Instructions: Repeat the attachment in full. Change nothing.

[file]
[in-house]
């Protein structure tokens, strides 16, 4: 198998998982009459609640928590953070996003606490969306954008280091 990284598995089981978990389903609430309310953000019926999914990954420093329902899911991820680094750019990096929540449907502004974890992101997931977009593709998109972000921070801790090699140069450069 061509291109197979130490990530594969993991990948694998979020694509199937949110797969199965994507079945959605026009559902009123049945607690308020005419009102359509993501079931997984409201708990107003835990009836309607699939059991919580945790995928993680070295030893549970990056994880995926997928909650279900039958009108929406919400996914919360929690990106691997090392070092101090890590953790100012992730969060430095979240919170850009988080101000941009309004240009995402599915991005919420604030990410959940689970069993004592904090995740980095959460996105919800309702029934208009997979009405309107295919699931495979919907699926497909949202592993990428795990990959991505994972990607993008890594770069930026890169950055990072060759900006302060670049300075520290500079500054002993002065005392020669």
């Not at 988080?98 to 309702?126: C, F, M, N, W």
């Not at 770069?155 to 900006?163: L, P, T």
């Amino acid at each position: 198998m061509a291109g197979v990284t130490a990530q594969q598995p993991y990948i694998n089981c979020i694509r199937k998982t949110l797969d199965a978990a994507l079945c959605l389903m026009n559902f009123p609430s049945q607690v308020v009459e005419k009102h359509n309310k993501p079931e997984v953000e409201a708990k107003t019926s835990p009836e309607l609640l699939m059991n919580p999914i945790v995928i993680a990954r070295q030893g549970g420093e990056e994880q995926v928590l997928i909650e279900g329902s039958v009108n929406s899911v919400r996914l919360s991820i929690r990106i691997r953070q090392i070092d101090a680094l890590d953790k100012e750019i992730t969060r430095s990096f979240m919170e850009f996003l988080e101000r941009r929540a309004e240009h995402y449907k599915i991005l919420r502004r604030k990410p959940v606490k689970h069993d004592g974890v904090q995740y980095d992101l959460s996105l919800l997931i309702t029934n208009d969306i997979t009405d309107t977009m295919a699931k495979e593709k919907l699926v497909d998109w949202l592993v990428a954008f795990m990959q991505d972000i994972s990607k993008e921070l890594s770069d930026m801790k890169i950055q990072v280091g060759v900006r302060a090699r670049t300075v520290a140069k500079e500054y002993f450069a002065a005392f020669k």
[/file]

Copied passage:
[in-house]
């Protein structure tokens, strides 16, 4: 198998998982009459609640928590953070996003606490969306954008280091 990284598995089981978990389903609430309310953000019926999914990954420093329902899911991820680094750019990096929540449907502004974890992101997931977009593709998109972000921070801790090699140069450069 061509291109197979130490990530594969993991990948694998979020694509199937949110797969199965994507079945959605026009559902009123049945607690308020005419009102359509993501079931997984409201708990107003835990009836309607699939059991919580945790995928993680070295030893549970990056994880995926997928909650279900039958009108929406919400996914919360929690990106691997090392070092101090890590953790100012992730969060430095979240919170850009988080101000941009309004240009995402599915991005919420604030990410959940689970069993004592904090995740980095959460996105919800309702029934208009997979009405309107295919699931495979919907699926497909949202592993990428795990990959991505994972990607993008890594770069930026890169950055990072060759900006302060670049300075520290500079500054002993002065005392020669």
């Not at 988080?98 to 309702?126: C, F, M, N, W």
């Not at 770069?155 to 900006?163: L, P, T």
């Amino acid at each position: 198998m061509a291109g197979v990284t130490a990530q594969q598995p993991y990948i694998n089981c979020i694509r199937k998982t949110l797969d199965a978990a994507l079945c959605l389903m026009n559902f009123p609430s049945q607690v308020v009459e005419k009102h359509n309310k993501p079931e997984v953000e409201a708990k107003t019926s835990p009836e309607l609640l699939m059991n919580p999914i945790v995928i993680a990954r070295q030893g549970g420093e990056e994880q995926v928590l997928i909650e279900g329902s039958v009108n929406s899911v919400r996914l919360s991820i929690r990106i691997r953070q090392i070092d101090a680094l890590d953790k100012e750019i992730t969060r430095s990096f979240m919170e850009f996003l988080e101000r941009r929540a309004e240009h995402y449907k599915i991005l919420r502004r604030k990410p959940v606490k689970h069993d004592g974890v904090q995740y980095d992101l959460s996105l919800l997931i309702t029934n208009d969306i997979t009405d309107t977009m295919a699931k495979e593709k919907l699926v497909d998109w949202l592993v990428a954008f795990m990959q991505d972000i994972s990607k993008e921070l890594s770069d930026m801790k890169i950055q990072v280091g060759v900006r302060a090699r670049t300075v520290a140069k500079e500054y002993f450069a002065a005392f020669k």